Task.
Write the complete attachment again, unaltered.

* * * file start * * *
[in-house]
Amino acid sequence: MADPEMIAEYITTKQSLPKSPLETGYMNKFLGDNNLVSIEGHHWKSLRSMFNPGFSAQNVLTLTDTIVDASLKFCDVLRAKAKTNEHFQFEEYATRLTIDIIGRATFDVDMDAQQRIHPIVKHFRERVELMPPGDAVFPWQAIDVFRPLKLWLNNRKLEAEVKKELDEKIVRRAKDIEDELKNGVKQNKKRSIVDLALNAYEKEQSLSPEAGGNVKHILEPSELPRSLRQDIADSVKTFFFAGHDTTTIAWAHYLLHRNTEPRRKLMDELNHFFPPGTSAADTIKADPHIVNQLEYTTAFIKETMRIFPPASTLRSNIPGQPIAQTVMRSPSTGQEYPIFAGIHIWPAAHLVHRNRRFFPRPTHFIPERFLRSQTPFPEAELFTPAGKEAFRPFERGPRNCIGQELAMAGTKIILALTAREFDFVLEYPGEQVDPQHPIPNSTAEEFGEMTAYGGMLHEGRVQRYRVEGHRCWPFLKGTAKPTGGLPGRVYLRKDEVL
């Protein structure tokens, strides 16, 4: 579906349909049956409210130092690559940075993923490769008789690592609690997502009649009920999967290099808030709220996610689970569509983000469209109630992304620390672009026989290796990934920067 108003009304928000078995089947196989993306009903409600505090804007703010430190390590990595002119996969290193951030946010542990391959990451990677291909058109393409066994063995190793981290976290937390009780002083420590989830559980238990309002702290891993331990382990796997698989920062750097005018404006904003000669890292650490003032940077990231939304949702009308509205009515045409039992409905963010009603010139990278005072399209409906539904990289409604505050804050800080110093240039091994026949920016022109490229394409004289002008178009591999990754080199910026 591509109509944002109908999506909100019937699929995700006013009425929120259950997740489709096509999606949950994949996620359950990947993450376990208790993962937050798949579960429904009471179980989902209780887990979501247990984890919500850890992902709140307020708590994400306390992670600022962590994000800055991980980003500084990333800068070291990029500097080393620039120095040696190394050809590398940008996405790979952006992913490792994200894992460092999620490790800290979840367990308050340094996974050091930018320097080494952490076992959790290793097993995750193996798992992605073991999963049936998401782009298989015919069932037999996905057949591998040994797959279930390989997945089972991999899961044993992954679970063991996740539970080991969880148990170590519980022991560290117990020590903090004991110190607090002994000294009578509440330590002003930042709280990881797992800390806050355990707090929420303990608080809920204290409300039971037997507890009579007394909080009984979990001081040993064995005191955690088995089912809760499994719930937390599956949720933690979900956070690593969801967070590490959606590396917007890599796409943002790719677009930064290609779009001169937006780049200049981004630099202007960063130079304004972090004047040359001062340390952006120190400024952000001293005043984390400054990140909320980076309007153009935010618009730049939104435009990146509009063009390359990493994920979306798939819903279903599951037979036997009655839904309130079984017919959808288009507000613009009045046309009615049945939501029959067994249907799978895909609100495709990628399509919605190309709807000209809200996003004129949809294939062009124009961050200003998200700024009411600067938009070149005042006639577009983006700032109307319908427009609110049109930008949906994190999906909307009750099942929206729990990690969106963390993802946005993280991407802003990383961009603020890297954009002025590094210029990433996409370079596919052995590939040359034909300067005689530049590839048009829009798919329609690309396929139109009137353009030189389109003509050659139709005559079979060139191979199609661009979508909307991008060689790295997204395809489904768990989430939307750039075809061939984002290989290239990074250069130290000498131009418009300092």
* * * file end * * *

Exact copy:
[in-house]
Amino acid sequence: MADPEMIAEYITTKQSLPKSPLETGYMNKFLGDNNLVSIEGHHWKSLRSMFNPGFSAQNVLTLTDTIVDASLKFCDVLRAKAKTNEHFQFEEYATRLTIDIIGRATFDVDMDAQQRIHPIVKHFRERVELMPPGDAVFPWQAIDVFRPLKLWLNNRKLEAEVKKELDEKIVRRAKDIEDELKNGVKQNKKRSIVDLALNAYEKEQSLSPEAGGNVKHILEPSELPRSLRQDIADSVKTFFFAGHDTTTIAWAHYLLHRNTEPRRKLMDELNHFFPPGTSAADTIKADPHIVNQLEYTTAFIKETMRIFPPASTLRSNIPGQPIAQTVMRSPSTGQEYPIFAGIHIWPAAHLVHRNRRFFPRPTHFIPERFLRSQTPFPEAELFTPAGKEAFRPFERGPRNCIGQELAMAGTKIILALTAREFDFVLEYPGEQVDPQHPIPNSTAEEFGEMTAYGGMLHEGRVQRYRVEGHRCWPFLKGTAKPTGGLPGRVYLRKDEVL
């Protein structure tokens, strides 16, 4: 579906349909049956409210130092690559940075993923490769008789690592609690997502009649009920999967290099808030709220996610689970569509983000469209109630992304620390672009026989290796990934920067 108003009304928000078995089947196989993306009903409600505090804007703010430190390590990595002119996969290193951030946010542990391959990451990677291909058109393409066994063995190793981290976290937390009780002083420590989830559980238990309002702290891993331990382990796997698989920062750097005018404006904003000669890292650490003032940077990231939304949702009308509205009515045409039992409905963010009603010139990278005072399209409906539904990289409604505050804050800080110093240039091994026949920016022109490229394409004289002008178009591999990754080199910026 591509109509944002109908999506909100019937699929995700006013009425929120259950997740489709096509999606949950994949996620359950990947993450376990208790993962937050798949579960429904009471179980989902209780887990979501247990984890919500850890992902709140307020708590994400306390992670600022962590994000800055991980980003500084990333800068070291990029500097080393620039120095040696190394050809590398940008996405790979952006992913490792994200894992460092999620490790800290979840367990308050340094996974050091930018320097080494952490076992959790290793097993995750193996798992992605073991999963049936998401782009298989015919069932037999996905057949591998040994797959279930390989997945089972991999899961044993992954679970063991996740539970080991969880148990170590519980022991560290117990020590903090004991110190607090002994000294009578509440330590002003930042709280990881797992800390806050355990707090929420303990608080809920204290409300039971037997507890009579007394909080009984979990001081040993064995005191955690088995089912809760499994719930937390599956949720933690979900956070690593969801967070590490959606590396917007890599796409943002790719677009930064290609779009001169937006780049200049981004630099202007960063130079304004972090004047040359001062340390952006120190400024952000001293005043984390400054990140909320980076309007153009935010618009730049939104435009990146509009063009390359990493994920979306798939819903279903599951037979036997009655839904309130079984017919959808288009507000613009009045046309009615049945939501029959067994249907799978895909609100495709990628399509919605190309709807000209809200996003004129949809294939062009124009961050200003998200700024009411600067938009070149005042006639577009983006700032109307319908427009609110049109930008949906994190999906909307009750099942929206729990990690969106963390993802946005993280991407802003990383961009603020890297954009002025590094210029990433996409370079596919052995590939040359034909300067005689530049590839048009829009798919329609690309396929139109009137353009030189389109003509050659139709005559079979060139191979199609661009979508909307991008060689790295997204395809489904768990989430939307750039075809061939984002290989290239990074250069130290000498131009418009300092």